Thursday 15 December 2016, 13.30 BP Lecture Theatre Free, booking required
2016 marks the millennium of the conquest of England by Cnut (r. 1016–1035). Although largely remembered today for the later story of his supposed failure to hold back the tide, Cnut was one of the most successful early kings of England. He forged a North Sea empire that included Denmark, Norway and England and is remembered in Denmark as Cnut 'the Great'. In this lecture, Gareth Williams, British Museum, explores both Cnut's conquest and his subsequent achievements.
Tuesday 27 January 2017, 18.30 BP Lecture Theatre £5,Members/concessions £3
For the past decade, award-winning historian, author and broadcaster Bettany Hughes has been researching the life and the history of one of the greatest cities on earth – Istanbul. Following the publication of her newest book, Istanbul: A Tale of Three Cities, she illuminates the latest archaeological discoveries that allowed her to explore Istanbul's fascinating prehistoric roots and chart the story of a city across six millennia – a city whose influence is racing up the contemporary political agenda.
Thursday 12 January 2017, 16.00 BP Lecture Theatre Free,Free booking required
John MacDermot, retired Professor of Medicine and Therapeutics and former Head of Undergraduate Medicine at Imperial College London, gives a lecture on the life of Olga Tufnell (1905–1985), a distinguished British archaeologist whose work focused on the Middle East. As a young woman, she was appointed as an assistant to Sir William Flinders Petrie at University College London, where she worked on the preparation of exhibitions and similar tasks. Petrie invited her to join his last excavation in Egypt and later the excavations at Tell el-Fara and Tell el-Ajjul in Palestine. Having gained considerably in experience and knowledge, she then joined James Starkey at the excavation of Tell ed-Duweir (Biblical Lachish). Following Starkey's death in 1938, the task of writing the extensive excavation report fell largely on Tufnell. In later life, she developed her interest in costume, jewellery and amulets, and she spent the last 25 years of her life in a collaborative study with William (Bill) Ward on the Bronze Age scarab seals of Palestine.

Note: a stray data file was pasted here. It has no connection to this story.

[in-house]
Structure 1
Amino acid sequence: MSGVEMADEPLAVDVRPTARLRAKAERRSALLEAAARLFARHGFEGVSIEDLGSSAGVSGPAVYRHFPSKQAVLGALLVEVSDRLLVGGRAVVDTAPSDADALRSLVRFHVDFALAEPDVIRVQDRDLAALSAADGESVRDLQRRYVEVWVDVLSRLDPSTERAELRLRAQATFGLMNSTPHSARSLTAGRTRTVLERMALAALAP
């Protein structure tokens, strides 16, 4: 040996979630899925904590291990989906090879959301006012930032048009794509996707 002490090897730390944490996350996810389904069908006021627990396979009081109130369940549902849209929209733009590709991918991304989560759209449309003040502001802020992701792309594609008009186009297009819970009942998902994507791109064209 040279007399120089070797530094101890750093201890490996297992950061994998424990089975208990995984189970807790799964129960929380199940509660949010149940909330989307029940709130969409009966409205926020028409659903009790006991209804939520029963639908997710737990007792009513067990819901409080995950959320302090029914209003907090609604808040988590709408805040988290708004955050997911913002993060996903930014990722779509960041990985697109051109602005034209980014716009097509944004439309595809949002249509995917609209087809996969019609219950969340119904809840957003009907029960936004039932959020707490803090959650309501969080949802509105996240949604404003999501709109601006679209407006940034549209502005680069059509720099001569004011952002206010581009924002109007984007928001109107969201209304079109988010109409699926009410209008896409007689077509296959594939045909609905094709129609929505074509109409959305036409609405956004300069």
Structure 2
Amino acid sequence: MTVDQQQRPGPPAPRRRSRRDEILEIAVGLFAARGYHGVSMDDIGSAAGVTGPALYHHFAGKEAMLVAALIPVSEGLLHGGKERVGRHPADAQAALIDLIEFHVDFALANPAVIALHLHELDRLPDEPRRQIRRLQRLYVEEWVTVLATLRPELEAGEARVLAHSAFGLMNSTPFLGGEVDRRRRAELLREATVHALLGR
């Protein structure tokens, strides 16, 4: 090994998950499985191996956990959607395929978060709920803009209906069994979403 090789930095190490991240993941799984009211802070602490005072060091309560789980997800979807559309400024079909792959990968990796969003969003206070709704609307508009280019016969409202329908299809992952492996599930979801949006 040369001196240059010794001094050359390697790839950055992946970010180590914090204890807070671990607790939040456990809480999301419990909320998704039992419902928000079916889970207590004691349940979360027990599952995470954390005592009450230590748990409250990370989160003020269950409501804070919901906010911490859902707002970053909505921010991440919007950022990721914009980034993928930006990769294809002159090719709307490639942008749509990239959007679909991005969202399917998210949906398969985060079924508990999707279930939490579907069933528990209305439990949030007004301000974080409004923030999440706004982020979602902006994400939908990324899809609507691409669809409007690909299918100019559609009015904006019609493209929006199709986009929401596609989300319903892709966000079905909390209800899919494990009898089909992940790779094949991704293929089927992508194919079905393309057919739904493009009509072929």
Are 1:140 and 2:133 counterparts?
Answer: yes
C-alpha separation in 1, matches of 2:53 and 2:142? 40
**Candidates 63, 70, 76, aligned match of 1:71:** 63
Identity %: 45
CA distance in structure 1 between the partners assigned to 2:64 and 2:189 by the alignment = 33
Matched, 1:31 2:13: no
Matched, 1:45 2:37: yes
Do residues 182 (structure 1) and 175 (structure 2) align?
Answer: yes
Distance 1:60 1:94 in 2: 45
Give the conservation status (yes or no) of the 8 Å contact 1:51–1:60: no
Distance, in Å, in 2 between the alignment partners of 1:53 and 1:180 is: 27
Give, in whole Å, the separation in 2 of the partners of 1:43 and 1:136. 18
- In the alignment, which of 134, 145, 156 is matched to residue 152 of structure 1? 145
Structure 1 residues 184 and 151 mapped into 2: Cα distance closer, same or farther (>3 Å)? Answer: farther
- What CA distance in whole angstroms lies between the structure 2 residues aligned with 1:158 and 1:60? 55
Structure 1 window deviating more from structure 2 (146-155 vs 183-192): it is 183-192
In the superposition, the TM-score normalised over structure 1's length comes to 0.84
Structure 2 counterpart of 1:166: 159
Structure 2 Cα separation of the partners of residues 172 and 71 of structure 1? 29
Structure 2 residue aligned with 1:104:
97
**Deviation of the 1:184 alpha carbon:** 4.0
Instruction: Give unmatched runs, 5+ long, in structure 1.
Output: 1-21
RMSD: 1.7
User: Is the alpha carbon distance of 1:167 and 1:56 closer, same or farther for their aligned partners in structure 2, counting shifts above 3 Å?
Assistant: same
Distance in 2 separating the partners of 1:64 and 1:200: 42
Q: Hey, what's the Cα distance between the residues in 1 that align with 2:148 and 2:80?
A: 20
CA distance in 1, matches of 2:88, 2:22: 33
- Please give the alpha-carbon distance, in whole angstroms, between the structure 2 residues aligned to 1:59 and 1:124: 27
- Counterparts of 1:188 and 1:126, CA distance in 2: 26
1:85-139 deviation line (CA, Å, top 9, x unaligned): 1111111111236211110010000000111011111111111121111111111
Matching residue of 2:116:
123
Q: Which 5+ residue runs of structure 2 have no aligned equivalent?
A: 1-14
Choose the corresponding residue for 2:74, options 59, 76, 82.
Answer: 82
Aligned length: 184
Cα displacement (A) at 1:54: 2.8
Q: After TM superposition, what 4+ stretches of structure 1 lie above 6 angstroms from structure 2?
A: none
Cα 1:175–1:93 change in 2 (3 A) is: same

Thursday 23 February 2017, 13.30 BP Lecture Theatre Free,booking required
Hilary Williams, British Museum, discusses a gilded age in the history of connoisseurship. The Wallace Collection, amassed by Sir Richard and Lady Wallace, opened as a public institution in 1897. Shortly after, it was visited by the American Henry Clay Frick. He was inspired to create another such collection of quality, The Frick Collection, New York, using the good services and inside knowledge of the Wallaces' Private Secretary and Trustee Sir John Murray Scott. Fascinating connections and connoisseurship of this era link with the Rothschild property at Waddesdon Manor, the Sackvilles of Knole, American banker and art collector J P Morgan, art historian Bernard Berenson and influential art dealer Lord Duveen, who funded the British Museum gallery in which the Parthenon sculptures are displayed.
Thursday 2 February 2017, 13.30 BP Lecture Theatre Free, booking required
Richard Hobbs, British Museum, will present new research on the Mildenhall Treasure, one of the Museum's most iconic groups of objects. After the lecture, he will be signing copies of his new book The Mildenhall Treasure: Late Roman Silver Plate from East Anglia.
Friday 17 February 2017, 18.00-19.30 BP Lecture Theatre Free, booking essential
In this lecture, using evidence from Pompeii, Professor Mario Torelli, Accademia Nazionale dei Lincei, Rome, will show how the funding of public works secured advancement in the ancient world.
Success in high public office in the Roman world was often achieved through the funding of public works. In return benefactors received a variety of special honours and distinctions, including honorary statues, and ultimately grand funerals and elaborate tombs.
In the late Republican and early imperial periods, prior to the centralisation of executive and fiscal powers in the emperor, finance to build temples and other public works was raised through donations from members of the senatorial aristocracy in Rome and by the wealthy elite in the rest of Italy and in the provinces. These donations could secure the prestige and electoral success essential for the ruling classes to secure high public office.
Thursday 8 December 2016, 13.30 BP Lecture Theatre Free,booking required
For nearly 400 years, Britannia was part of Rome's European empire. It was not an entirely easy relationship, and a succession of ambitious politicians (including the piratical Carausius and the first Christian emperor, Constantine) used the island as a springboard to defy central government. Sam Moorhead, British Museum, and David Stuttard, authors of The Romans who shaped Britain, tell the story of the province’s place in the Roman Empire and the flamboyant, conniving and ambitious characters who shaped it until Britannia's exit around AD 409.Followed by a book signing.
Southern Africa has produced the oldest evidence for art on the continent and boasts one of the largest and best understood traditions of hunter-gatherer rock art in the world. It is also home to a rich heritage of other forms of art in clay, metal, basketry and other media. Informed by what anthropology can tell us about their meaning, Peter Mitchell, University of Oxford, explores some of these traditions as they are represented in the region's archaeological record.